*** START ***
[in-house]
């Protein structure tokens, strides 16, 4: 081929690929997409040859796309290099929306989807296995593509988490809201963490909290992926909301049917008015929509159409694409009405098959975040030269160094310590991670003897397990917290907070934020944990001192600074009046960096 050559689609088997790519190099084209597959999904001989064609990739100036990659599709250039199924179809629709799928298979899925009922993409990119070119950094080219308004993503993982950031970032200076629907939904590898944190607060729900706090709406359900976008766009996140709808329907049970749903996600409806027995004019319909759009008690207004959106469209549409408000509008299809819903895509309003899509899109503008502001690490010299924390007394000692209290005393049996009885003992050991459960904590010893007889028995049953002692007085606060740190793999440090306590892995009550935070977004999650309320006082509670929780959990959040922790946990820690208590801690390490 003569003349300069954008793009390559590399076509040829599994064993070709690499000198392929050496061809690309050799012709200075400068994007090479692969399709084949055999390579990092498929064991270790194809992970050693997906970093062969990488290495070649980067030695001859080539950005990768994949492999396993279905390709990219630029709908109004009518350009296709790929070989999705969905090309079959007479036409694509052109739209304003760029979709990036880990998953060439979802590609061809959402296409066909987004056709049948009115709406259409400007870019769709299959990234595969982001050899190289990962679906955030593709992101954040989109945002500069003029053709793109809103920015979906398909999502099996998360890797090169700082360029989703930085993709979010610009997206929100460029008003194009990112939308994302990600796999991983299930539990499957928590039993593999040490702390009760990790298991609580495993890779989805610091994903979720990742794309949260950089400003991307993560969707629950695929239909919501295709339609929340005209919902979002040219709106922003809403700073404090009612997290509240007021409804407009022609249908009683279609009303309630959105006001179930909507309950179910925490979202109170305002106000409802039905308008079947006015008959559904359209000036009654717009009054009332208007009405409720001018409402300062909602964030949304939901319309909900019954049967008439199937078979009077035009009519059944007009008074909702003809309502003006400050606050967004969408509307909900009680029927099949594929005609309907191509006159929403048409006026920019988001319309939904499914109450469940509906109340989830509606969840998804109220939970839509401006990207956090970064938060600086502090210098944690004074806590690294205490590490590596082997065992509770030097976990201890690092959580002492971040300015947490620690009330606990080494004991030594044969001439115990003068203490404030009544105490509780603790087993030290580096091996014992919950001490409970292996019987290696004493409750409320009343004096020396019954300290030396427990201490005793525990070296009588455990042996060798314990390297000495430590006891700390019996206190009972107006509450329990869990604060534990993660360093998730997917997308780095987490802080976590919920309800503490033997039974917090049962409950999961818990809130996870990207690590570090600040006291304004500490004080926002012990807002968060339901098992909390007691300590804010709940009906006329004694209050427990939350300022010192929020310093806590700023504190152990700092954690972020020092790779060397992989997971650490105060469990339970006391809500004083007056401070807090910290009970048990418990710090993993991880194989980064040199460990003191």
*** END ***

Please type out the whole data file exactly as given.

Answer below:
[in-house]
């Protein structure tokens, strides 16, 4: 081929690929997409040859796309290099929306989807296995593509988490809201963490909290992926909301049917008015929509159409694409009405098959975040030269160094310590991670003897397990917290907070934020944990001192600074009046960096 050559689609088997790519190099084209597959999904001989064609990739100036990659599709250039199924179809629709799928298979899925009922993409990119070119950094080219308004993503993982950031970032200076629907939904590898944190607060729900706090709406359900976008766009996140709808329907049970749903996600409806027995004019319909759009008690207004959106469209549409408000509008299809819903895509309003899509899109503008502001690490010299924390007394000692209290005393049996009885003992050991459960904590010893007889028995049953002692007085606060740190793999440090306590892995009550935070977004999650309320006082509670929780959990959040922790946990820690208590801690390490 003569003349300069954008793009390559590399076509040829599994064993070709690499000198392929050496061809690309050799012709200075400068994007090479692969399709084949055999390579990092498929064991270790194809992970050693997906970093062969990488290495070649980067030695001859080539950005990768994949492999396993279905390709990219630029709908109004009518350009296709790929070989999705969905090309079959007479036409694509052109739209304003760029979709990036880990998953060439979802590609061809959402296409066909987004056709049948009115709406259409400007870019769709299959990234595969982001050899190289990962679906955030593709992101954040989109945002500069003029053709793109809103920015979906398909999502099996998360890797090169700082360029989703930085993709979010610009997206929100460029008003194009990112939308994302990600796999991983299930539990499957928590039993593999040490702390009760990790298991609580495993890779989805610091994903979720990742794309949260950089400003991307993560969707629950695929239909919501295709339609929340005209919902979002040219709106922003809403700073404090009612997290509240007021409804407009022609249908009683279609009303309630959105006001179930909507309950179910925490979202109170305002106000409802039905308008079947006015008959559904359209000036009654717009009054009332208007009405409720001018409402300062909602964030949304939901319309909900019954049967008439199937078979009077035009009519059944007009008074909702003809309502003006400050606050967004969408509307909900009680029927099949594929005609309907191509006159929403048409006026920019988001319309939904499914109450469940509906109340989830509606969840998804109220939970839509401006990207956090970064938060600086502090210098944690004074806590690294205490590490590596082997065992509770030097976990201890690092959580002492971040300015947490620690009330606990080494004991030594044969001439115990003068203490404030009544105490509780603790087993030290580096091996014992919950001490409970292996019987290696004493409750409320009343004096020396019954300290030396427990201490005793525990070296009588455990042996060798314990390297000495430590006891700390019996206190009972107006509450329990869990604060534990993660360093998730997917997308780095987490802080976590919920309800503490033997039974917090049962409950999961818990809130996870990207690590570090600040006291304004500490004080926002012990807002968060339901098992909390007691300590804010709940009906006329004694209050427990939350300022010192929020310093806590700023504190152990700092954690972020020092790779060397992989997971650490105060469990339970006391809500004083007056401070807090910290009970048990418990710090993993991880194989980064040199460990003191």